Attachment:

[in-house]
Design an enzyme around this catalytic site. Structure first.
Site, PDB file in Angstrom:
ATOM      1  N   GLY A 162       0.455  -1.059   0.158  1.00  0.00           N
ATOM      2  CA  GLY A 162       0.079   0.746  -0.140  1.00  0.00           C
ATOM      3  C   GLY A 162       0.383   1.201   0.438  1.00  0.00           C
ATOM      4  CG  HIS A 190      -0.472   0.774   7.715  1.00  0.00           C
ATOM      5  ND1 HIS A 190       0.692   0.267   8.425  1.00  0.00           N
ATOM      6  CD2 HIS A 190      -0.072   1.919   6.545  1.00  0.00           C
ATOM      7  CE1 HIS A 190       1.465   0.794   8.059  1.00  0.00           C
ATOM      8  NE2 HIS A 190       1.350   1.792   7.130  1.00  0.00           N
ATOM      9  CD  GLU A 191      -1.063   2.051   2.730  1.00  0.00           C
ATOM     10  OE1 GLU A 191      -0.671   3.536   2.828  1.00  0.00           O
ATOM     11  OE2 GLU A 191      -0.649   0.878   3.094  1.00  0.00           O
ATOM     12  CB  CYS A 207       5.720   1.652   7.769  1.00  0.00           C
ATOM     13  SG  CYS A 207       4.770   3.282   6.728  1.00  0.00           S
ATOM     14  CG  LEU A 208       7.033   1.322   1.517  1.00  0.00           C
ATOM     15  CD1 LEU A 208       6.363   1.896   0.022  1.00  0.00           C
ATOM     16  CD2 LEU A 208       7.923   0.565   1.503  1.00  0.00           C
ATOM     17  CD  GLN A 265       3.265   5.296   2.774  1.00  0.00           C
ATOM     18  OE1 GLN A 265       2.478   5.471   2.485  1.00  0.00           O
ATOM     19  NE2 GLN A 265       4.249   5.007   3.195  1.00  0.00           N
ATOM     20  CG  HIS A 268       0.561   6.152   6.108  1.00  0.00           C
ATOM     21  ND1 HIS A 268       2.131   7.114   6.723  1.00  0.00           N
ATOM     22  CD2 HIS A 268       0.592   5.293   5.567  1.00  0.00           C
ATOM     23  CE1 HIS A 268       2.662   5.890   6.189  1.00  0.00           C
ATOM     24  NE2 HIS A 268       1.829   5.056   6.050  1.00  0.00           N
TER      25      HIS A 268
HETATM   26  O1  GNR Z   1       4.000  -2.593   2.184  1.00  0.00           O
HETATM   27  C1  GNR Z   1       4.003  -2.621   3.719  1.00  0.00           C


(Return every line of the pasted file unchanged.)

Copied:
[in-house]
Design an enzyme around this catalytic site. Structure first.
Site, PDB file in Angstrom:
ATOM      1  N   GLY A 162       0.455  -1.059   0.158  1.00  0.00           N
ATOM      2  CA  GLY A 162       0.079   0.746  -0.140  1.00  0.00           C
ATOM      3  C   GLY A 162       0.383   1.201   0.438  1.00  0.00           C
ATOM      4  CG  HIS A 190      -0.472   0.774   7.715  1.00  0.00           C
ATOM      5  ND1 HIS A 190       0.692   0.267   8.425  1.00  0.00           N
ATOM      6  CD2 HIS A 190      -0.072   1.919   6.545  1.00  0.00           C
ATOM      7  CE1 HIS A 190       1.465   0.794   8.059  1.00  0.00           C
ATOM      8  NE2 HIS A 190       1.350   1.792   7.130  1.00  0.00           N
ATOM      9  CD  GLU A 191      -1.063   2.051   2.730  1.00  0.00           C
ATOM     10  OE1 GLU A 191      -0.671   3.536   2.828  1.00  0.00           O
ATOM     11  OE2 GLU A 191      -0.649   0.878   3.094  1.00  0.00           O
ATOM     12  CB  CYS A 207       5.720   1.652   7.769  1.00  0.00           C
ATOM     13  SG  CYS A 207       4.770   3.282   6.728  1.00  0.00           S
ATOM     14  CG  LEU A 208       7.033   1.322   1.517  1.00  0.00           C
ATOM     15  CD1 LEU A 208       6.363   1.896   0.022  1.00  0.00           C
ATOM     16  CD2 LEU A 208       7.923   0.565   1.503  1.00  0.00           C
ATOM     17  CD  GLN A 265       3.265   5.296   2.774  1.00  0.00           C
ATOM     18  OE1 GLN A 265       2.478   5.471   2.485  1.00  0.00           O
ATOM     19  NE2 GLN A 265       4.249   5.007   3.195  1.00  0.00           N
ATOM     20  CG  HIS A 268       0.561   6.152   6.108  1.00  0.00           C
ATOM     21  ND1 HIS A 268       2.131   7.114   6.723  1.00  0.00           N
ATOM     22  CD2 HIS A 268       0.592   5.293   5.567  1.00  0.00           C
ATOM     23  CE1 HIS A 268       2.662   5.890   6.189  1.00  0.00           C
ATOM     24  NE2 HIS A 268       1.829   5.056   6.050  1.00  0.00           N
TER      25      HIS A 268
HETATM   26  O1  GNR Z   1       4.000  -2.593   2.184  1.00  0.00           O
HETATM   27  C1  GNR Z   1       4.003  -2.621   3.719  1.00  0.00           C